Most of the West players opened the bidding with one spade. North-South duly reached three no trump and could not make it when West shifted to a diamond after getting in with the club ace. But Gerber's unorthodox diamond bid kept Hamman out of no trump, and East's preemptive raise persuaded South to bid his four-card heart suit.
West's choice of a spade lead gave declarer problems in trying to diagnose the distribution but did not prevent him from making the hand. He tried to cash three rounds of spades and get rid of a losing diamond and was surprised when East ruffed. So was East when South overruffed. A club lead knocked out West's ace and a diamond shift came too late. South trumped the second diamond, crossed to dummy with a high heart and led another good spade. East could win only one more trump trick with his heart jack and Mathe made his touch-and-go game.
All this seemed merely to set the stage for the very last hand (below left) in the very last match to be completed, the important one between Jordan-Robinson and Murray-Kehela. This was, for each of them, the 340th hand of the week.
Jordan's contract of three no trump was reasonable, but fate and two of the best defenders in the world were against him. If he had made his contract, he and Robinson would have made the team. As it was...
West opened his partner's suit, and Jordan won with his ace. A spade play might have produced the contract if East had grabbed his king of spades and continued diamonds—as happened at two other tables. South would then have had time to cash his spades, get to his hand with the heart ace, then lead a heart to establish dummy's queen. West could take the king of hearts but could not lead a third diamond, and before East could do so South would have established his ninth trick, the king of clubs.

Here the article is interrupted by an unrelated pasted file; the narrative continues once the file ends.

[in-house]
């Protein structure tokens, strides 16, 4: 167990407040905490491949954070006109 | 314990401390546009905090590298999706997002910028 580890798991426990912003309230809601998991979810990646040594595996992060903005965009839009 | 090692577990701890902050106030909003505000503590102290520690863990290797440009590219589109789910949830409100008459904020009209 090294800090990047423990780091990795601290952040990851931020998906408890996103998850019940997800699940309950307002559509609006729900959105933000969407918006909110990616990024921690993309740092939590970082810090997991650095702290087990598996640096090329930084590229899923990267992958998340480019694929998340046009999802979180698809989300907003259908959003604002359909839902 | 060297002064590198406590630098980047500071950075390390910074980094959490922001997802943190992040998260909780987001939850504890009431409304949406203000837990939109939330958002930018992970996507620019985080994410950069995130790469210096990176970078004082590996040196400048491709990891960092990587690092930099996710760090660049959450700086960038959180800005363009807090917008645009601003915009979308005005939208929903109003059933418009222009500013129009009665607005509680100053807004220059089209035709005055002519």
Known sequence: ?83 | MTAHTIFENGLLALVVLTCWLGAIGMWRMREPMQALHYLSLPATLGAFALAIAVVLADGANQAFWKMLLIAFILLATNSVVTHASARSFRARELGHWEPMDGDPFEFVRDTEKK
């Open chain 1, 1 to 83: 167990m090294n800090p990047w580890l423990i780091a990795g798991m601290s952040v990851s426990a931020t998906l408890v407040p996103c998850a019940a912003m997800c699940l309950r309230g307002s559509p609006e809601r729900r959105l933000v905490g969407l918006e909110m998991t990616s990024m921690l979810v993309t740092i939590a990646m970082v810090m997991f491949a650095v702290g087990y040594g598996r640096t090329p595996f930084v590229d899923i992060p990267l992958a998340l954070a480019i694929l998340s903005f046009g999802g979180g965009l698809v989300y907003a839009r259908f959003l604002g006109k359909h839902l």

Instead, on winning the first diamond, Jordan elected to go all out for the heart suit. When he cashed the heart ace and discovered East's void, he might have made things more difficult for the defense by switching to spades, but it is doubtful if that would have helped him. Instead, when he continued hearts at the third trick, West was in with the king while he still had a second diamond to lead. Declarer could not set up his spades and his one club trick before East established his diamonds. With the fifth trick cashed by the defenders, Jordan-Robinson's hope of third place collapsed.
It would have been a good team either way. Good enough, perhaps, to beat Italy next April. The contest will be between North America and Italy. Three other teams will be in there trying—The Netherlands, and the champions of the Far East and of South America—but I don't think they will have a chance. If anybody is going to dethrone Italy, it will be the North American team that just qualified in San Francisco.